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Rival drugmakers launch joint trial of medicines for COVID-19

(Reuters) - Rival drugmakers AbbVie Inc ABBV.N, Amgen Inc AMGN.O and Takeda Pharmaceuticals Inc 4502.T on Monday said they have begun treating patients in a trial to quickly show whether a drug from each company can be repurposed and used against COVID-19, the disease caused by the novel coronavirus.

FILE PHOTO: A computer image created by Nexu Science Communication together with Trinity College in Dublin, shows a model structurally representative of a betacoronavirus which is the type of virus linked to COVID-19, better known as the coronavirus linked to the Wuhan outbreak, shared with Reuters on February 18, 2020. NEXU Science Communication/via REUTERS

The COVID-19 pandemic is an “all hands on deck moment,” David Reese, Amgen’s research and development chief told Reuters. “We wanted a trial to be able to quickly sift through multiple agents and prioritize.”

The study is a collaboration among pharmaceutical industry members of the recently-formed COVID Research & Development Alliance, Quantum Leap Healthcare Collaborative, a partnership of medical researchers and investors, and the Food and Drug Administration.

The first segment will test whether Amgen’s psoriasis drug Otezla, Takeda’s anti-inflammatory Firazyr and AbbVie’s cenicriviroc, which has been tried in patients with HIV, will help with the overactive, and potentially damaging, immune response that sometimes happens in patients with severe COVID-19.

The study’s “adaptive platform” means several treatment candidates can be tested at the same time, with the most promising moving forward and the least promising dropping out, Quantum Leap co-founder Dr. Laura Esserman told Reuters.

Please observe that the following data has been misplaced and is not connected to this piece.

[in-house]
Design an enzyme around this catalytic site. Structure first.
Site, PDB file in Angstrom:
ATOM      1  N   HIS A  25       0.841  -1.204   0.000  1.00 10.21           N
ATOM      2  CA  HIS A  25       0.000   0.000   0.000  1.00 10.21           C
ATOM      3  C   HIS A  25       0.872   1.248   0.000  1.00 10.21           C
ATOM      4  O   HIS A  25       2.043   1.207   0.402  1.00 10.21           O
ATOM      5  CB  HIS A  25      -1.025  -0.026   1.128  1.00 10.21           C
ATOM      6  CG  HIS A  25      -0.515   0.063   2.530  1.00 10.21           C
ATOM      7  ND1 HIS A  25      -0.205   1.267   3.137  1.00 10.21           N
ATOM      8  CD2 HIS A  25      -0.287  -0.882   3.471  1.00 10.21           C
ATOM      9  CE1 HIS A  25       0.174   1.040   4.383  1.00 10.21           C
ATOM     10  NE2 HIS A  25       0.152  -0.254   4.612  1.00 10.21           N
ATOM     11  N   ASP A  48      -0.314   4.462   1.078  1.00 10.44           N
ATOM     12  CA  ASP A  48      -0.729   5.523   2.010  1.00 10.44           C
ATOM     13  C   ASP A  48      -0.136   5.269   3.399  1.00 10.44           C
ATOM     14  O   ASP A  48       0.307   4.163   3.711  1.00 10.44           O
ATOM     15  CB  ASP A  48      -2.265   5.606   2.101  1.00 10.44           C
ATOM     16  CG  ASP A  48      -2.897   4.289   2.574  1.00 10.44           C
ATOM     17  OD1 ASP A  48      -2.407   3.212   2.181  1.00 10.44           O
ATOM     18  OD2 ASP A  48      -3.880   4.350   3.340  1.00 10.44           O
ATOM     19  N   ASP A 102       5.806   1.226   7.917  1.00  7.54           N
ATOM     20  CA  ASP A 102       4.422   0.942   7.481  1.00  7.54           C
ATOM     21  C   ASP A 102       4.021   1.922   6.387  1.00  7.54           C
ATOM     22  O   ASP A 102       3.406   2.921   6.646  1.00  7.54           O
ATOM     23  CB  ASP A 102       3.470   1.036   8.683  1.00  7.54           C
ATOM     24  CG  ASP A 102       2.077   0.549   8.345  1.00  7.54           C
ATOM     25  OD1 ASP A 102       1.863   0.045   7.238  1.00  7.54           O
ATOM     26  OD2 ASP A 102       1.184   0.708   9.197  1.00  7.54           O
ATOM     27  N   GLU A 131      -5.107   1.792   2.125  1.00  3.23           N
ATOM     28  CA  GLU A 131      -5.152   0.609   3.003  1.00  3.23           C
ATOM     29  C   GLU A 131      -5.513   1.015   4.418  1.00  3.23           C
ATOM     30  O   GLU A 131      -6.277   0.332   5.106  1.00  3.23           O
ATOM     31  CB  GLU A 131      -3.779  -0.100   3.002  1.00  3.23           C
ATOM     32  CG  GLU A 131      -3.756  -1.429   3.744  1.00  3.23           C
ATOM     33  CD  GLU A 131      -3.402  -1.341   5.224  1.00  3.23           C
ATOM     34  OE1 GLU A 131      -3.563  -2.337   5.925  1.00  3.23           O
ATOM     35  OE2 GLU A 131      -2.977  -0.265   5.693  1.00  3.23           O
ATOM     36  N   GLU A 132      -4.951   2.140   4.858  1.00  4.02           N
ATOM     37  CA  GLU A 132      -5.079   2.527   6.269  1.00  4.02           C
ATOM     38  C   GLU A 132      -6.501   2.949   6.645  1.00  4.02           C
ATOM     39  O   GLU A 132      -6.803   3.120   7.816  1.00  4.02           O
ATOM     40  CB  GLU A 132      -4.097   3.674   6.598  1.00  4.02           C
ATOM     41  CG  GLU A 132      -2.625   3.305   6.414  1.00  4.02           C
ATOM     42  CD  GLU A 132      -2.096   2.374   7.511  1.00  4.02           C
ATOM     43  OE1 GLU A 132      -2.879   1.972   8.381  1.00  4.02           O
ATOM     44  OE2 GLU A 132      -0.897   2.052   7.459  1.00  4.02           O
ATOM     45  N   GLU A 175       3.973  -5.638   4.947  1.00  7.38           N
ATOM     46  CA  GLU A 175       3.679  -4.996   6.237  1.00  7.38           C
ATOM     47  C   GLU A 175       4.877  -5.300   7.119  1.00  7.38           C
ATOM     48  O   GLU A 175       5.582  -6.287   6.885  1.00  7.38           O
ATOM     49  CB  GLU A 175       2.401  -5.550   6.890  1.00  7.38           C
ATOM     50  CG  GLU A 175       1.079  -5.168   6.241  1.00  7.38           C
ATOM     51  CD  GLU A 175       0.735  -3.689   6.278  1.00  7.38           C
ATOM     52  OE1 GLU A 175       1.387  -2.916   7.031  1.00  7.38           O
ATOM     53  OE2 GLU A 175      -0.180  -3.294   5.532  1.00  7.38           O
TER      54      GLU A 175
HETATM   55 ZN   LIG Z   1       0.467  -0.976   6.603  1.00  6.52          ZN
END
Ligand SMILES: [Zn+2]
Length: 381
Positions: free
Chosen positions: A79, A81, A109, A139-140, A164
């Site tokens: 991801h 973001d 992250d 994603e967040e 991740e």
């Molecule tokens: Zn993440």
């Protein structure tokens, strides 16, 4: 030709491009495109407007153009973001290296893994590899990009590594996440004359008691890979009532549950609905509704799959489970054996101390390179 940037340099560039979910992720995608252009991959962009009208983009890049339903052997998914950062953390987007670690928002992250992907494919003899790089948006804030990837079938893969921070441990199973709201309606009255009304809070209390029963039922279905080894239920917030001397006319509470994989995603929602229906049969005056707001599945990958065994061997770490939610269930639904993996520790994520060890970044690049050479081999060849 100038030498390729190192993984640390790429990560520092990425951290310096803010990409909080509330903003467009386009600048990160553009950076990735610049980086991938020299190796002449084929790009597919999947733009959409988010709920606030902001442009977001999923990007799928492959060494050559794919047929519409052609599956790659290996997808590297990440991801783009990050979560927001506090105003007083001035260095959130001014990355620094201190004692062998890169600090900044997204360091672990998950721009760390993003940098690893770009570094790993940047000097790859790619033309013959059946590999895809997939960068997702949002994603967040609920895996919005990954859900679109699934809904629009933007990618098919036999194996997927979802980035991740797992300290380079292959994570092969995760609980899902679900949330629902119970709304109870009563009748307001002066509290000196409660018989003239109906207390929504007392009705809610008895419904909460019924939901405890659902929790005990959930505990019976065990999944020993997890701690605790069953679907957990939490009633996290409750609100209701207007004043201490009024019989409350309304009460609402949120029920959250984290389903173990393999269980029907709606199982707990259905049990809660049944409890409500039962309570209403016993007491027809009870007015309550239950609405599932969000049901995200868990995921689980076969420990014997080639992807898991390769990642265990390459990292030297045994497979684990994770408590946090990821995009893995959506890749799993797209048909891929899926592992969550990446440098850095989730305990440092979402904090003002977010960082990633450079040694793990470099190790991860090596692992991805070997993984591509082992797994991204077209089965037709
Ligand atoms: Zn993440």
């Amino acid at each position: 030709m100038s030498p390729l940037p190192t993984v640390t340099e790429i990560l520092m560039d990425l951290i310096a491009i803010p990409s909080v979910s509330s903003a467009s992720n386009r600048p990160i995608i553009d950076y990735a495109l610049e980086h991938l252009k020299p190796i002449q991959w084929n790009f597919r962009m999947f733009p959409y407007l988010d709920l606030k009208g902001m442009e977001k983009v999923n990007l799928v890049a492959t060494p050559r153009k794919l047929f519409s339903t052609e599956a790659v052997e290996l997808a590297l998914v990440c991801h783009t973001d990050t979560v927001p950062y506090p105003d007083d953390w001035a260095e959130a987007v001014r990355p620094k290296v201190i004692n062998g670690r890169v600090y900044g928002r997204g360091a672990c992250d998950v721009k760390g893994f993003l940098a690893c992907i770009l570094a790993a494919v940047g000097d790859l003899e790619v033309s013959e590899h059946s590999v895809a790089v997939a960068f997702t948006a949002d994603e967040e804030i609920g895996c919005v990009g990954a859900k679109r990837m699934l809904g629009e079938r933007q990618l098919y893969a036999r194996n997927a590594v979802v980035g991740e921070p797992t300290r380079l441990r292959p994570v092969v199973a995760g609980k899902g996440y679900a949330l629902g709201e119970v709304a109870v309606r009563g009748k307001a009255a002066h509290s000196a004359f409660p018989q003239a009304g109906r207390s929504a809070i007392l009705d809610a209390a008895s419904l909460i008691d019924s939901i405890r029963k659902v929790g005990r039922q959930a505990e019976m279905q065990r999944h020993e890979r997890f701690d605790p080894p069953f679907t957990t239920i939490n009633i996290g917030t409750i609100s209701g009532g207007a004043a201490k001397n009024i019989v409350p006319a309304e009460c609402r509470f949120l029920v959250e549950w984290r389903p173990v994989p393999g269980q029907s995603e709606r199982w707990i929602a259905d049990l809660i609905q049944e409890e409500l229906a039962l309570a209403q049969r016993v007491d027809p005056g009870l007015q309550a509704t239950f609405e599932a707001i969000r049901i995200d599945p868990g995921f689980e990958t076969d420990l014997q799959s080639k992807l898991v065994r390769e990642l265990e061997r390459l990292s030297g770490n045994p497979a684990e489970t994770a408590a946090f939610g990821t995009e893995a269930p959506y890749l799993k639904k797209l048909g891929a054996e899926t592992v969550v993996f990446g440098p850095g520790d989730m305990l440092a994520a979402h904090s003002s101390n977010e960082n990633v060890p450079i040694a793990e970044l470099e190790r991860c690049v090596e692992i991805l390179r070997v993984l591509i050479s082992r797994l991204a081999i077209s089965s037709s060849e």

“We could have some results in as early as six weeks,” she said, adding that additional drugs will soon be added to the roster.

Company officials said Otezla may be able to suppress inflammation from an overactive immune response; Firazyr may help limit fluid in the lungs; and cenicriviroc, which blocks activity of certain immune system cells, could reduce the severity of acute respiratory distress caused by the virus.

The drugs are being dosed in combination with Gilead Sciences Inc's GILD.O antiviral drug remdesivir and generic steroid dexamethasone, both of which have been shown in rigorous trials to help COVID-19 patients and are now considered to be standard care, Dr. Esserman said. A comparison group of patients will be given remdesivir and dexamethasone alone.

Hospitals have tried other anti-inflammatory drugs in COVID-19 patients, including Regeneron's REGN.O Kevzara and Roche Holding's ROG.S Actemra, but trials of both arthritis drugs failed to show effectiveness. Roche is continuing to test Actemra in combination with remdesivir.

The National Institute of Allergy and Infectious Diseases' ongoing adaptive COVID-19 trial is studying remdesivir in combination with Olumiant, an arthritis drug sold by Eli Lilly & Co LLY.N. Those results are expected next month.

Since the outbreak began seven months ago, so far killing more than 675,000 people worldwide, hundreds of clinical trials have been launched around the world to test whether existing drugs or experimental compounds could be effective treatments.

“There are a huge number of trials that for all the best intentions have been stood up around the world, but many are smaller - what we would call underpowered - and will not provide definitive answers,” Amgen’s Reese said.

Reporting By Deena Beasley; Editing by Aurora Ellis

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